Friends in the Apple world still have seem very frustrated the last few years as the machines benchmark slower than the real focus of the fashion brand, the iPhone. Also there was a lot of complaints from people about the keyboards. I am curious to see how things go now that they ditched intel and are making their own chips, but again that CPU switch took a long time for software developers to catch up back in the G4 to intel switch days.

So, I’d rather give my money to a company making linux machines like System76, if I had Apple money to spend. You’re right though, these Macbooks are solid. I do get scared when I see all the plastic in other laptops.

I’m ready for something more portable.

You have macfanctld installed for the heat problem? Tried prime or optimus for multi-gpus?

Those “Linux ready” laptops are priced way too high. You can save a couple of hundreds and buy a Windows laptop and install Linux on it. Just need a little more time and research, you pretty much can make it Linux ready. :smile:

And last, now a decent Apple laptop may cost less than a Windows laptop, let alone a “Linux ready” one.

Lenovo now make Linux machines, as I mentioned earlier. And Apple are now committed to a hardware lock-in for their walled garden ecosystem with their new M1 SoC.

I used to use madvr in Windows, also used stuff like avisynth in the same, and Vapoursynth uses the same shaders like NEDI, and with Linux, IMO more efficient. I work with digital media for my job, build video walls, projection, mapping, editing, camera, the works and used to cut in Avid when I worked in television broadcasting. I rarely cut in Final Cut, I like FC, but Avid is pretty sweet, and the station I worked for had all the content loaded in servers, so rendering and cutting could be done in real time, which was good when you had to get a breaking news package ready for air in five minutes lulz.

Yeah, I have macfan installed. Optimus totally broke my install. I tried it despite seeing my card was not listed. So that wasn’t unexpected. My machine is a strange duck. There are a few people who have gotten it working by doing some trickery in the boot sequence to tell the bios you’re booting MacOS. I started a thread documenting the things I had tried, but it was so frustrating I gave up. Too many other things to do instead of get discouraged with the issue.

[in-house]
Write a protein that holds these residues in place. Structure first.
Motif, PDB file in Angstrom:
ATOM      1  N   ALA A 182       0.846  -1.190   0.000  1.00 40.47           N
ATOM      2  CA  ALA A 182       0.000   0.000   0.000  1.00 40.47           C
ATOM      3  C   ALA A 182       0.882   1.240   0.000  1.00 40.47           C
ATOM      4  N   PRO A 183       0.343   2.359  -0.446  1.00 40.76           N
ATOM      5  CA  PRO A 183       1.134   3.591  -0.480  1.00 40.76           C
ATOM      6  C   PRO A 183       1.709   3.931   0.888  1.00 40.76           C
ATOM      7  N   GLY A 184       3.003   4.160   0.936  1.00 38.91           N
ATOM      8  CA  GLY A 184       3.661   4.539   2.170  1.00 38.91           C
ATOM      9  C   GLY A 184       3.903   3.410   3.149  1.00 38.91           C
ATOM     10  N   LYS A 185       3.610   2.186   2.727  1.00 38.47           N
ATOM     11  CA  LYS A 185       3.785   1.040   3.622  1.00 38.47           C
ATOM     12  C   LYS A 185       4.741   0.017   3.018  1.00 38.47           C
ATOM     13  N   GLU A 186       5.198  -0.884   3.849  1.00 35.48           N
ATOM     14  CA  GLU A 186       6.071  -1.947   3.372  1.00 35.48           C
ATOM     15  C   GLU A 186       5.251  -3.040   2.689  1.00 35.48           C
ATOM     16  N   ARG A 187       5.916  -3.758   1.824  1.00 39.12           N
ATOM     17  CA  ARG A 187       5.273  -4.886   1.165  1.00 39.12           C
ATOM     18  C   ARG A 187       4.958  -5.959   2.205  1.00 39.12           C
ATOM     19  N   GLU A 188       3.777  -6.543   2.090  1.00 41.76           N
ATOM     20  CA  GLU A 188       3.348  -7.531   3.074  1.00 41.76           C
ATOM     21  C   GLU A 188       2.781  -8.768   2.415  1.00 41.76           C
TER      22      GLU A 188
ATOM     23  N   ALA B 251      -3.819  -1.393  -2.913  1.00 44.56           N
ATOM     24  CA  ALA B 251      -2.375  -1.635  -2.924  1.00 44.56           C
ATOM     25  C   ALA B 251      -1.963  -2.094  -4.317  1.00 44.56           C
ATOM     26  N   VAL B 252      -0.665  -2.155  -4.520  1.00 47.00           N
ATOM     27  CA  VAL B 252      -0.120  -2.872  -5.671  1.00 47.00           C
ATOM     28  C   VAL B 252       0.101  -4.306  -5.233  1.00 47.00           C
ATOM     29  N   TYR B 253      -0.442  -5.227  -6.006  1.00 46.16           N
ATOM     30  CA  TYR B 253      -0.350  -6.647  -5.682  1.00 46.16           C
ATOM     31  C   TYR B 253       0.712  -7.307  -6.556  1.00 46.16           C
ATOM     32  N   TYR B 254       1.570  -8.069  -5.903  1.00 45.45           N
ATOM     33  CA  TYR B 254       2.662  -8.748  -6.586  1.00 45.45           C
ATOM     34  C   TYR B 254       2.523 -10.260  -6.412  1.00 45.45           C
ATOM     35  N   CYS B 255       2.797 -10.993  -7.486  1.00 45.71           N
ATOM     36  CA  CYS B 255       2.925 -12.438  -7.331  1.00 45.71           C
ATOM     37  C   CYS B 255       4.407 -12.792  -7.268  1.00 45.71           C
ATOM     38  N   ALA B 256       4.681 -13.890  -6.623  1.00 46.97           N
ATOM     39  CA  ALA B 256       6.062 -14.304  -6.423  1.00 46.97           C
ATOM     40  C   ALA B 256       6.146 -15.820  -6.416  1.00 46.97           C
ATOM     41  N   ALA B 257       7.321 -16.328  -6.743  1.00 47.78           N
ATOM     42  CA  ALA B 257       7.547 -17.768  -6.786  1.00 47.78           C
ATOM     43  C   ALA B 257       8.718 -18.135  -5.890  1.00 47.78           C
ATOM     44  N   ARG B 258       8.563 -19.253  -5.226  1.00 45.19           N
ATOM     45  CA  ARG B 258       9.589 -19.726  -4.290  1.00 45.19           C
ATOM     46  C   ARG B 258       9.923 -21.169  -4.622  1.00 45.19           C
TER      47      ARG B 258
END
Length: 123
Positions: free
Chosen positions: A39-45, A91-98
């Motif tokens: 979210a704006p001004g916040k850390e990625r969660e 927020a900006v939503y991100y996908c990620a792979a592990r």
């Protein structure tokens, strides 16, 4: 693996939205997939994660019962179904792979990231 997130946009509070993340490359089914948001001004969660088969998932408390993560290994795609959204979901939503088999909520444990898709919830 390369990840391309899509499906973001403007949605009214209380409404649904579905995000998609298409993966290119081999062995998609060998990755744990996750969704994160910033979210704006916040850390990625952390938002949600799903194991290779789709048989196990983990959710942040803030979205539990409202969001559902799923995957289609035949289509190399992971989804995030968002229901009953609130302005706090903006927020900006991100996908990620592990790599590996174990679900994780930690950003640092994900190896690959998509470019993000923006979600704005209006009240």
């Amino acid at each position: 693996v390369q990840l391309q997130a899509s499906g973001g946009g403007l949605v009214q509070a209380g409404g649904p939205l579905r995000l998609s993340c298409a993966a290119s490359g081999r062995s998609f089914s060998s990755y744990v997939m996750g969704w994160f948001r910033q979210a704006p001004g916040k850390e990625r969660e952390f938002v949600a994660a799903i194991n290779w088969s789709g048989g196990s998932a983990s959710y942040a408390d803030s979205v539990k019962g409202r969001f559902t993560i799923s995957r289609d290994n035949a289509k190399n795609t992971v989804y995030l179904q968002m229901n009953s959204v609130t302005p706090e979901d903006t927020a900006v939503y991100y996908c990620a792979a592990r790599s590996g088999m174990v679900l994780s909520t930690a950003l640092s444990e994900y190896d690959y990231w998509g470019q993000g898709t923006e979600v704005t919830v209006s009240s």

I run Arch & Void on my mac. Luckily, almost everything works. The only complaint I have is the battery life. No matter how I tweak, still can not make the laptop run as efficiently as on MacOS.

I put a new battery in mine six years ago. I didn’t have a problem with battery life in Arch Labs, but admittedly, I never compared to MacOS. However, since the clean install it got worse. I chalk it up to age and the display issue. In fact now that I think of it, I wonder if my display issues came from upgrading MacOS as well. Previously I think I was on Mavericks and dual boot to AL via grub. When I did a clean install I went to El Capitan and started using ReFind.

I am not sure what I will do with this machine once I get a new laptop. It seems like I should keep it around since I have some externals with previous client work formatted for software in OSX.

Not a bad idea. MacOS is a great desktop OS. Beautiful and very reliable.

1 Like

I appreciate the explanation and I am going to mark this as the solution if anyone has a Lenovo question.

I paid more than I initially wanted to, but I went with the Thinkpad T480. After doing more looking, finding that this machine is the beginning of Quad Core machines made me think it was possibly a better choice if I want something to last a while. Plus, even though I am not crazy about the form factor I like the idea that I can do maintenance and upgrades. That’s important to me going forward as I want to do more recycling and upcycling and stop wasting so much.

Now, I just wait for the delivery. Then, I’ll be back begging for help doing a dual boot on a non mac machine. :stuck_out_tongue:

1 Like